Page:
DANIEL, MOSTLY by Nathan Dragon

He always felt like he needed things to be told to him. Bed and drinking water were always good, though. Something like that, so his TV would easily be a good distraction and some rest.

People’s voices, anyways, were fine. He worried a lot. Daniel needed something that could help with that. Nothing too scandalous, though. Everything as it comes, as he could handle it or it could be handled.

One at a time, please, he’d say.

Why did he walk away? Cause he couldn’t handle it.

Missed the point.

Did it anyways instead of not doing anything.

To feel like he was doing something.

Mostly he wanted to have some expertise. He wanted to be an expert, didn’t matter in what.

Just one thing that was no mystery to him, inherent, that he could understand fully.

Daniel knew some people, as people tend to know a few. Sometimes these people that one person knows, also know each other. Daniel’s circle could only be described by the thought of it.

Daniel had a brother, too. His brother could speak more than one language and Daniel was jealous at that, of his brother. His brother always knew what to say, had something to say about everything. His brother had fantastic communication skills. Clear and concise people said.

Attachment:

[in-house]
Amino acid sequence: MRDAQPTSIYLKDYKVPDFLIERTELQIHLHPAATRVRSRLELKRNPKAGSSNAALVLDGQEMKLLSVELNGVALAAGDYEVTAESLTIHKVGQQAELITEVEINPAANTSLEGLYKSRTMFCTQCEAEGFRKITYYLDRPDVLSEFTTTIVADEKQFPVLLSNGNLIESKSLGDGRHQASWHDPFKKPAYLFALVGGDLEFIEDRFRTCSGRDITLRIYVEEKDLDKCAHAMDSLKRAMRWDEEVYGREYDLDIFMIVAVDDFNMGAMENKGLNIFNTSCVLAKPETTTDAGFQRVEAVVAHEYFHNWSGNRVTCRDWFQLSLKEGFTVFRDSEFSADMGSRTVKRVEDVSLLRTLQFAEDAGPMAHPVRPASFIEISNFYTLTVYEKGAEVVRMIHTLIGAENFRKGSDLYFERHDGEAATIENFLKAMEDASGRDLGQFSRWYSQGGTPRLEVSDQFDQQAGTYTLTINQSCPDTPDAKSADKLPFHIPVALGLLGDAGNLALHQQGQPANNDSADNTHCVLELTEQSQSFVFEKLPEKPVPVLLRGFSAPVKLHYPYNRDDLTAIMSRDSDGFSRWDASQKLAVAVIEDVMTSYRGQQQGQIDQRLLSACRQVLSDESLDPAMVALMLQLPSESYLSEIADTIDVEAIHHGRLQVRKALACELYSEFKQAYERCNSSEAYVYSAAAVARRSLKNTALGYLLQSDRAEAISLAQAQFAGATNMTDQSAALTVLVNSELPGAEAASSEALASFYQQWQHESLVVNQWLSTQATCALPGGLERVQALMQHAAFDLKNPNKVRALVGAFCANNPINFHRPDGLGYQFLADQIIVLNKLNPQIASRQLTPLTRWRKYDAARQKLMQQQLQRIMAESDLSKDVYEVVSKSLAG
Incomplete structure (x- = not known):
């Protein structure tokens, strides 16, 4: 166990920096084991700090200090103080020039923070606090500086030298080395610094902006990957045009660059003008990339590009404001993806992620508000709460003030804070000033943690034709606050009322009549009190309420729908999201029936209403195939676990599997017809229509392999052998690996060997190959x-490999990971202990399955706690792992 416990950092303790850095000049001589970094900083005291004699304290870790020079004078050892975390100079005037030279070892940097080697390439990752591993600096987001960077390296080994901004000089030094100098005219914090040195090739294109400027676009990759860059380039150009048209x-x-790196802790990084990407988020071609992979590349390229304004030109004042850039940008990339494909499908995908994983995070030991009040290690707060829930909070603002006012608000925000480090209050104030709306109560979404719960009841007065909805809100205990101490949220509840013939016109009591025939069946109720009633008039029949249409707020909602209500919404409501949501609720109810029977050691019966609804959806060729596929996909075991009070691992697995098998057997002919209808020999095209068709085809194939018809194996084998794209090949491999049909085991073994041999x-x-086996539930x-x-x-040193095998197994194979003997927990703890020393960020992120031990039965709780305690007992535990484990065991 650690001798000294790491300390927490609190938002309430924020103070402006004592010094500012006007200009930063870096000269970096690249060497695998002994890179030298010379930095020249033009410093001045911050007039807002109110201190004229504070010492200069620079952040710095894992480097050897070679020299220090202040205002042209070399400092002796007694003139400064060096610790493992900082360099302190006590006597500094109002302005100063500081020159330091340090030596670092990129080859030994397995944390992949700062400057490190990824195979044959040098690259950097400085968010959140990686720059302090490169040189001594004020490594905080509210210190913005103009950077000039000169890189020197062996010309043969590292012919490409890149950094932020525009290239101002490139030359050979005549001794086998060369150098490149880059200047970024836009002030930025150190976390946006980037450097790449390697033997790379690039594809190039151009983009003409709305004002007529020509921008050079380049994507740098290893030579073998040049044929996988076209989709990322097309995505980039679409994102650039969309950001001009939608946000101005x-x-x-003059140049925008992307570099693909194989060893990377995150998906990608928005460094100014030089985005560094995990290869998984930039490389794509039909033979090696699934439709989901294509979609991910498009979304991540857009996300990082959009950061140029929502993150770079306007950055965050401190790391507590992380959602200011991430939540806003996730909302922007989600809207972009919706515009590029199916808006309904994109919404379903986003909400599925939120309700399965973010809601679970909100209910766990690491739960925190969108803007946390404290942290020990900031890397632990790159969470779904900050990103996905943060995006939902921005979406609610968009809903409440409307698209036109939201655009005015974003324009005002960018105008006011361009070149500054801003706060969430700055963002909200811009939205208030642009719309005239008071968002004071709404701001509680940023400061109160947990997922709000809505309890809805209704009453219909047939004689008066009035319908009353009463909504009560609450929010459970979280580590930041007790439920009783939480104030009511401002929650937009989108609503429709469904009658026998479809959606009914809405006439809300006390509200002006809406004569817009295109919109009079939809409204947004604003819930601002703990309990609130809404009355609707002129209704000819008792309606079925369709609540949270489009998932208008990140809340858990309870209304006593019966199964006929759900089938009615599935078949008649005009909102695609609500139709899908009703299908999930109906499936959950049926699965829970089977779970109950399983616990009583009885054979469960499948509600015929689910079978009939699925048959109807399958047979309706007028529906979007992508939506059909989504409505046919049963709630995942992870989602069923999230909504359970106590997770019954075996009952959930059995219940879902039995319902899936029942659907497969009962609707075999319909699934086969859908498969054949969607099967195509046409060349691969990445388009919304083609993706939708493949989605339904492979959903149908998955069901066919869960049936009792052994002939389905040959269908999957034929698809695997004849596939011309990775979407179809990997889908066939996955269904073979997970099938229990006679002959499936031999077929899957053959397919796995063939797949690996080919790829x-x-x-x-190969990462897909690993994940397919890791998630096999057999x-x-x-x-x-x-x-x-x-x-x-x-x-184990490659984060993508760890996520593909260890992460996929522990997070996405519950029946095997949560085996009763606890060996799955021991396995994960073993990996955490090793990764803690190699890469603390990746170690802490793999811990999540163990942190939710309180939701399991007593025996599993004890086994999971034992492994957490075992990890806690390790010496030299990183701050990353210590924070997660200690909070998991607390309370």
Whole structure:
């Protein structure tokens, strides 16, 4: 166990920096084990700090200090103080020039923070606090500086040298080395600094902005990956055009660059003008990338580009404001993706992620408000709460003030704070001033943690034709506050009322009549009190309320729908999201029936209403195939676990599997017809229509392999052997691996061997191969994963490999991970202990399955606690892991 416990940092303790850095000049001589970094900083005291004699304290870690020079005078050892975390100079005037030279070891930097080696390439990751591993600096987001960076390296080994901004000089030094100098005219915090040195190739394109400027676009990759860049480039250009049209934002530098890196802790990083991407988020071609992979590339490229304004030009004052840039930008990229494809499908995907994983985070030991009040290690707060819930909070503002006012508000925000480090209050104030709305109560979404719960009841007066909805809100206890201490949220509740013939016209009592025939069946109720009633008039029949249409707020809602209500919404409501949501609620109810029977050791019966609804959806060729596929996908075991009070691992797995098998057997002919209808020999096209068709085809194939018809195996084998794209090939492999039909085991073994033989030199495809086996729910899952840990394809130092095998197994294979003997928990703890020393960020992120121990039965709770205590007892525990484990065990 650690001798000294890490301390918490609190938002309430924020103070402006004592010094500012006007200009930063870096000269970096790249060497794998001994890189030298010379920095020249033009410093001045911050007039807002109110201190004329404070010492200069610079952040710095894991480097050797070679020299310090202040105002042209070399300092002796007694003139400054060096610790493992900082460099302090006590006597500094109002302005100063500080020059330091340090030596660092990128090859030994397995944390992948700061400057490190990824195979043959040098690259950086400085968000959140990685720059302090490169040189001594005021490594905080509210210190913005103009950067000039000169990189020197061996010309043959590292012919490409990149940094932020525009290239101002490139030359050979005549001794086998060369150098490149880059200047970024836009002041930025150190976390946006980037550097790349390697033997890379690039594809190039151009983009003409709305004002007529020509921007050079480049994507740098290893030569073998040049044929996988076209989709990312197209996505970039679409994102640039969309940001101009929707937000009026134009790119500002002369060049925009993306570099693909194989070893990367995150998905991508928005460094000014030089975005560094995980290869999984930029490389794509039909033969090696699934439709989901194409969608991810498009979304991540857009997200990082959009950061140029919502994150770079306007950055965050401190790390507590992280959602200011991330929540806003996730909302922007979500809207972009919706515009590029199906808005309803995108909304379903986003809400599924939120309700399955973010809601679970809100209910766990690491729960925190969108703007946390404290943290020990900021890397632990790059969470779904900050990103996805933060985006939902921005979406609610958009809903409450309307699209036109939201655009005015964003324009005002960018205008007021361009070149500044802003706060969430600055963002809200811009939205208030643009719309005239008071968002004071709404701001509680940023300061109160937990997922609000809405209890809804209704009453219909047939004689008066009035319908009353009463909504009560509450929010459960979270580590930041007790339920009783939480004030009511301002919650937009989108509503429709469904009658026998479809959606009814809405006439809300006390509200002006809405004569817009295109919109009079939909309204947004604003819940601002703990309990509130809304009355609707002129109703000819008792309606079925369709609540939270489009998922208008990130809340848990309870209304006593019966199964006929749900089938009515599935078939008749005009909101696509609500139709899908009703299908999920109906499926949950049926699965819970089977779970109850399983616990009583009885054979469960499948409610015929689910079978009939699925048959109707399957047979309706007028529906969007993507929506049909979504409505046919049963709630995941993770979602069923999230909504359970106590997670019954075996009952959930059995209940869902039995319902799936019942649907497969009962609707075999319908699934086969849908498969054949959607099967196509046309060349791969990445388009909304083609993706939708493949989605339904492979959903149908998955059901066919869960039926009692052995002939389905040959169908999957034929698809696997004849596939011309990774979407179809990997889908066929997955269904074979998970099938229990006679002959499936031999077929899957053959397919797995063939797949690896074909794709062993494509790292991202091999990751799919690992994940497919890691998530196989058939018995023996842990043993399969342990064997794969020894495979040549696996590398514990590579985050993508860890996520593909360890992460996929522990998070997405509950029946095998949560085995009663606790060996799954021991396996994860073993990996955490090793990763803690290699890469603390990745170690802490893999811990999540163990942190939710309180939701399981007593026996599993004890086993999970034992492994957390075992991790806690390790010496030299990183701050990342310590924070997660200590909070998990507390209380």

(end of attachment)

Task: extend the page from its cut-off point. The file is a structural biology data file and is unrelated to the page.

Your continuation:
Then, there was this guy that Daniel sort of knew but not a whole lot. The guy collected the toys and trinkets from vending machines at like the supermarket or take out restaurants.

The stickers. Figurines. All those things in the plastic bubbles. Cheap yo-yos and the metal jewelry. Whatever there was.

Collected whole sets of the sets of the things.

Sometimes the guy would go to the bank and get out a roll of quarters or two then spend em up til he had a complete set or until he was out of quarters. If he got a complete set of the trinkets before running out he’d go to another spot that had some vending machines.

The guy always said, Not bad, to himself. At least Daniel had heard it consistently enough for always.

The sticker and temporary tattoo vending machines with the silver lower jaw protruding from a little display. The slots for quarters you jam into the jaw contraption and when a spring pushes the jaw back out, the quarters are consumed and the sticker or the temporary tattoo comes out sandwiched in between thin sheets of coated cardboard from a little opening above the quarter slot jaw.

The guy had the best luck over at the Chinese takeout place with these types of machines. Daniel saw that the guy got a whole set in five pulls.

That guy could always take home a complete set from there in less than a roll but Daniel never could.

The ones for the toys and trinkets, the machines with the clear cube of the prizes. Daniel saw this kind mostly at the supermarket and you had to put the quarters in the little quarter cut out, so as to put the quarter in the circle or half circle sort of against a wall, then it’d set in place and you’d rotate a little rectangular knob clockwise so the quarter descends in a round motion like descending on a Ferris wheel.

The best prizes from these types of machines, the guy told Daniel, were in the machines at the cinema.